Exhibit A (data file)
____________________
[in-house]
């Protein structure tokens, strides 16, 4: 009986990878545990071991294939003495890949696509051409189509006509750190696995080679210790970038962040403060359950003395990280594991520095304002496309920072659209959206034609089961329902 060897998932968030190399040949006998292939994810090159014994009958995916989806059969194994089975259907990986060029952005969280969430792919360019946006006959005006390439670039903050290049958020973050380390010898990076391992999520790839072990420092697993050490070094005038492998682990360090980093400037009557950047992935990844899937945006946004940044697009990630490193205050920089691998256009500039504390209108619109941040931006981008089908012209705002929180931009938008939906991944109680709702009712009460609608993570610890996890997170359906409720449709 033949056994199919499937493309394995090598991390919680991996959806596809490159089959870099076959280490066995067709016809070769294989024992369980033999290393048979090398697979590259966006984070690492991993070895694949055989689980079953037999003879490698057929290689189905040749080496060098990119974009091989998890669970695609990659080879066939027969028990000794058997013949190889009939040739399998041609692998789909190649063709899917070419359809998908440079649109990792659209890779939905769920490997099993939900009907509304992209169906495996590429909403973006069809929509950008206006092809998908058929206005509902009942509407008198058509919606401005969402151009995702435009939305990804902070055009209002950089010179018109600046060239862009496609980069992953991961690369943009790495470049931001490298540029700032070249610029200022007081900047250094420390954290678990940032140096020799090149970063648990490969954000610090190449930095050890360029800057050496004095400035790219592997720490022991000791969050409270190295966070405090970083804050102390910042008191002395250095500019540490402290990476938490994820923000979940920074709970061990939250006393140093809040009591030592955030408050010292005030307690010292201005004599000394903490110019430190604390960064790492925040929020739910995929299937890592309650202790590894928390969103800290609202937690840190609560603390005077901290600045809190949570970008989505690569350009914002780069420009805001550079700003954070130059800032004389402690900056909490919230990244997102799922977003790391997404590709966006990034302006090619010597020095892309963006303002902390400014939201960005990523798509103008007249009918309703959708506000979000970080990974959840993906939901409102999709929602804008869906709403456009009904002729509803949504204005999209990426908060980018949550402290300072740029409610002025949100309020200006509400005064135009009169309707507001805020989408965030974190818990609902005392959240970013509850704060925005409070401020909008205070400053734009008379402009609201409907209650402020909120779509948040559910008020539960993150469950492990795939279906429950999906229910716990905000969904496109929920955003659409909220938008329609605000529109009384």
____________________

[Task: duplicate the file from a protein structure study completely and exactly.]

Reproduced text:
[in-house]
């Protein structure tokens, strides 16, 4: 009986990878545990071991294939003495890949696509051409189509006509750190696995080679210790970038962040403060359950003395990280594991520095304002496309920072659209959206034609089961329902 060897998932968030190399040949006998292939994810090159014994009958995916989806059969194994089975259907990986060029952005969280969430792919360019946006006959005006390439670039903050290049958020973050380390010898990076391992999520790839072990420092697993050490070094005038492998682990360090980093400037009557950047992935990844899937945006946004940044697009990630490193205050920089691998256009500039504390209108619109941040931006981008089908012209705002929180931009938008939906991944109680709702009712009460609608993570610890996890997170359906409720449709 033949056994199919499937493309394995090598991390919680991996959806596809490159089959870099076959280490066995067709016809070769294989024992369980033999290393048979090398697979590259966006984070690492991993070895694949055989689980079953037999003879490698057929290689189905040749080496060098990119974009091989998890669970695609990659080879066939027969028990000794058997013949190889009939040739399998041609692998789909190649063709899917070419359809998908440079649109990792659209890779939905769920490997099993939900009907509304992209169906495996590429909403973006069809929509950008206006092809998908058929206005509902009942509407008198058509919606401005969402151009995702435009939305990804902070055009209002950089010179018109600046060239862009496609980069992953991961690369943009790495470049931001490298540029700032070249610029200022007081900047250094420390954290678990940032140096020799090149970063648990490969954000610090190449930095050890360029800057050496004095400035790219592997720490022991000791969050409270190295966070405090970083804050102390910042008191002395250095500019540490402290990476938490994820923000979940920074709970061990939250006393140093809040009591030592955030408050010292005030307690010292201005004599000394903490110019430190604390960064790492925040929020739910995929299937890592309650202790590894928390969103800290609202937690840190609560603390005077901290600045809190949570970008989505690569350009914002780069420009805001550079700003954070130059800032004389402690900056909490919230990244997102799922977003790391997404590709966006990034302006090619010597020095892309963006303002902390400014939201960005990523798509103008007249009918309703959708506000979000970080990974959840993906939901409102999709929602804008869906709403456009009904002729509803949504204005999209990426908060980018949550402290300072740029409610002025949100309020200006509400005064135009009169309707507001805020989408965030974190818990609902005392959240970013509850704060925005409070401020909008205070400053734009008379402009609201409907209650402020909120779509948040559910008020539960993150469950492990795939279906429950999906229910716990905000969904496109929920955003659409909220938008329609605000529109009384």